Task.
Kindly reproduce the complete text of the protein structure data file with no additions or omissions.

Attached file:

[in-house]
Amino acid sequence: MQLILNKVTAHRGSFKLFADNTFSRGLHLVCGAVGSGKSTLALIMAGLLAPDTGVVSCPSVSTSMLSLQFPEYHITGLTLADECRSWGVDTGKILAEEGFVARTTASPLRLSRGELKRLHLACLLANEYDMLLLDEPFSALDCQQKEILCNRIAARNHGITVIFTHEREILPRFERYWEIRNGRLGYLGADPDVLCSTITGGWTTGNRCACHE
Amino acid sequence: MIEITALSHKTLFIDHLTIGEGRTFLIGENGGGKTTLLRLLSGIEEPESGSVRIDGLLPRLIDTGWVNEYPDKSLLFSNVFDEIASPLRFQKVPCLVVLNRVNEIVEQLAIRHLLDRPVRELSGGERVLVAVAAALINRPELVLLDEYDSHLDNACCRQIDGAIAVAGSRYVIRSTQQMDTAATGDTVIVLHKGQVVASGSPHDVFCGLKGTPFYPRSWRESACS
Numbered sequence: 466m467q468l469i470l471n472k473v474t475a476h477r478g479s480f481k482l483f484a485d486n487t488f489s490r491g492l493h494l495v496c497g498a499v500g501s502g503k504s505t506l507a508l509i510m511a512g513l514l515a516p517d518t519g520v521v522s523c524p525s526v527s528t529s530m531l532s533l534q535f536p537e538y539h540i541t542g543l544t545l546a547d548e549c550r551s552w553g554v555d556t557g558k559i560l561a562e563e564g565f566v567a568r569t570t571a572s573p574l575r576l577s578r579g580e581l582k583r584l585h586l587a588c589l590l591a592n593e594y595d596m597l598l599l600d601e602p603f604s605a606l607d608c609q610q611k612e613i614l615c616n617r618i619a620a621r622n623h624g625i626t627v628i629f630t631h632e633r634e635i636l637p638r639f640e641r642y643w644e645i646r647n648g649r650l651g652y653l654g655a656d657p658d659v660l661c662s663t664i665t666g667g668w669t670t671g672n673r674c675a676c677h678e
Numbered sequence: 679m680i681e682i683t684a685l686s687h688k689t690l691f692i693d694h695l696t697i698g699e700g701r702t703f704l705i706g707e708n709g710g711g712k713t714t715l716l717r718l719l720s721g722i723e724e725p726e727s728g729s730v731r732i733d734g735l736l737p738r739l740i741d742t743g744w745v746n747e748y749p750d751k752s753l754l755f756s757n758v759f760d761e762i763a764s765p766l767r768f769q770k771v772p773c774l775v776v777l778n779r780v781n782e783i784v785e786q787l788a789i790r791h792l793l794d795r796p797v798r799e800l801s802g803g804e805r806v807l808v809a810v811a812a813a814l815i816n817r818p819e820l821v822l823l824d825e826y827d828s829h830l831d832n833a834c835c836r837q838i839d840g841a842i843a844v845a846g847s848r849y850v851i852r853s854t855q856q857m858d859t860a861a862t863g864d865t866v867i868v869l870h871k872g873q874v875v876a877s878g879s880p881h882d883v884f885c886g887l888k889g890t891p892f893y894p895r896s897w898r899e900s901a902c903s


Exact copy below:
[in-house]
Amino acid sequence: MQLILNKVTAHRGSFKLFADNTFSRGLHLVCGAVGSGKSTLALIMAGLLAPDTGVVSCPSVSTSMLSLQFPEYHITGLTLADECRSWGVDTGKILAEEGFVARTTASPLRLSRGELKRLHLACLLANEYDMLLLDEPFSALDCQQKEILCNRIAARNHGITVIFTHEREILPRFERYWEIRNGRLGYLGADPDVLCSTITGGWTTGNRCACHE
Amino acid sequence: MIEITALSHKTLFIDHLTIGEGRTFLIGENGGGKTTLLRLLSGIEEPESGSVRIDGLLPRLIDTGWVNEYPDKSLLFSNVFDEIASPLRFQKVPCLVVLNRVNEIVEQLAIRHLLDRPVRELSGGERVLVAVAAALINRPELVLLDEYDSHLDNACCRQIDGAIAVAGSRYVIRSTQQMDTAATGDTVIVLHKGQVVASGSPHDVFCGLKGTPFYPRSWRESACS
Numbered sequence: 466m467q468l469i470l471n472k473v474t475a476h477r478g479s480f481k482l483f484a485d486n487t488f489s490r491g492l493h494l495v496c497g498a499v500g501s502g503k504s505t506l507a508l509i510m511a512g513l514l515a516p517d518t519g520v521v522s523c524p525s526v527s528t529s530m531l532s533l534q535f536p537e538y539h540i541t542g543l544t545l546a547d548e549c550r551s552w553g554v555d556t557g558k559i560l561a562e563e564g565f566v567a568r569t570t571a572s573p574l575r576l577s578r579g580e581l582k583r584l585h586l587a588c589l590l591a592n593e594y595d596m597l598l599l600d601e602p603f604s605a606l607d608c609q610q611k612e613i614l615c616n617r618i619a620a621r622n623h624g625i626t627v628i629f630t631h632e633r634e635i636l637p638r639f640e641r642y643w644e645i646r647n648g649r650l651g652y653l654g655a656d657p658d659v660l661c662s663t664i665t666g667g668w669t670t671g672n673r674c675a676c677h678e
Numbered sequence: 679m680i681e682i683t684a685l686s687h688k689t690l691f692i693d694h695l696t697i698g699e700g701r702t703f704l705i706g707e708n709g710g711g712k713t714t715l716l717r718l719l720s721g722i723e724e725p726e727s728g729s730v731r732i733d734g735l736l737p738r739l740i741d742t743g744w745v746n747e748y749p750d751k752s753l754l755f756s757n758v759f760d761e762i763a764s765p766l767r768f769q770k771v772p773c774l775v776v777l778n779r780v781n782e783i784v785e786q787l788a789i790r791h792l793l794d795r796p797v798r799e800l801s802g803g804e805r806v807l808v809a810v811a812a813a814l815i816n817r818p819e820l821v822l823l824d825e826y827d828s829h830l831d832n833a834c835c836r837q838i839d840g841a842i843a844v845a846g847s848r849y850v851i852r853s854t855q856q857m858d859t860a861a862t863g864d865t866v867i868v869l870h871k872g873q874v875v876a877s878g879s880p881h882d883v884f885c886g887l888k889g890t891p892f893y894p895r896s897w898r899e900s901a902c903s